Later this month the European Commission will publish proposals that will place stricter limits on the amount of noise cars and lorries can make in the EU.
According to a European Environment Agency Study, 55%, around 67 million people in European cities and towns “endure daily road noise levels above the lower EU benchmark (55 Lden) for excess exposure”.
The most obvious way to reduce noise pollution from traffic is to reduce the amount of traffic. However EU legislation has failed to make any difference since its introduction in the 1960s. Researchers now believe that the amount of traffic would have to be reduced by more than 40% in most places to have any discernible effect. Furthermore, the noise from lorries and buses masks the noise from smaller cars – so heavier vehicles need to be targeted first.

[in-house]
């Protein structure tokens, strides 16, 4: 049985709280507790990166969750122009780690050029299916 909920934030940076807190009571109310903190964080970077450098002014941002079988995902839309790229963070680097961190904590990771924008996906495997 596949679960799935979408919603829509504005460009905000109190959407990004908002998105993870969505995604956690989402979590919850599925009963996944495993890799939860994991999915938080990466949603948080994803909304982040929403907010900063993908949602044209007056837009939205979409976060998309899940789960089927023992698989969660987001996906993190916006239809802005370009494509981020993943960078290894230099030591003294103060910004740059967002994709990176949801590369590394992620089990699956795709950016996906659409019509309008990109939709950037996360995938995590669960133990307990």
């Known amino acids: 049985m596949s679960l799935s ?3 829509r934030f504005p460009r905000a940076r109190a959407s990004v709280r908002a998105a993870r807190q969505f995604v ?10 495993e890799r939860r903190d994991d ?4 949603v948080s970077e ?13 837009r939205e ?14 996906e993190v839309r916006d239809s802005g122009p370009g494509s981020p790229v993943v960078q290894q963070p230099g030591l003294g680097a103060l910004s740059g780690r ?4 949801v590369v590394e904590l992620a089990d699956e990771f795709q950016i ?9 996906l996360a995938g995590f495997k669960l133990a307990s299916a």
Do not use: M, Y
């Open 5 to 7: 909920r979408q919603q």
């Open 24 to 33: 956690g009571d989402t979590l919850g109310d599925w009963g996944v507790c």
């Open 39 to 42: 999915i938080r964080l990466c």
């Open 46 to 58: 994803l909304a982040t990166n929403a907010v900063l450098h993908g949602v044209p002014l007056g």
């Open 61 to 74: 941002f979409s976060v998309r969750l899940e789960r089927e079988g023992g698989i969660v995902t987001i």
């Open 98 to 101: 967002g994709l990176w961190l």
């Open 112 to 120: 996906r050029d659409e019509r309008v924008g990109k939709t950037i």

Herein lies the problem today. Typically for EU legislation that concerns the automotive sector, there is plenty of lobbying and arguing. Germany wants to change the way the noisy vehicles are categorised by the EU to a system based on power to weight ration. But environmental NGO Transport and Environment has pointed out that this heavily favours sports cars and family vehicles manufactured in Germany.
The proposals are now due to be published on 30 November, and there is likely to be much debate, similarly to the other main pollution emitted from motor vehicles, exhaust gases. However when the social costs of traffic noise in EU22 are estimated to be more than €40 billion per year, the political motivation to find viable solutions is strong.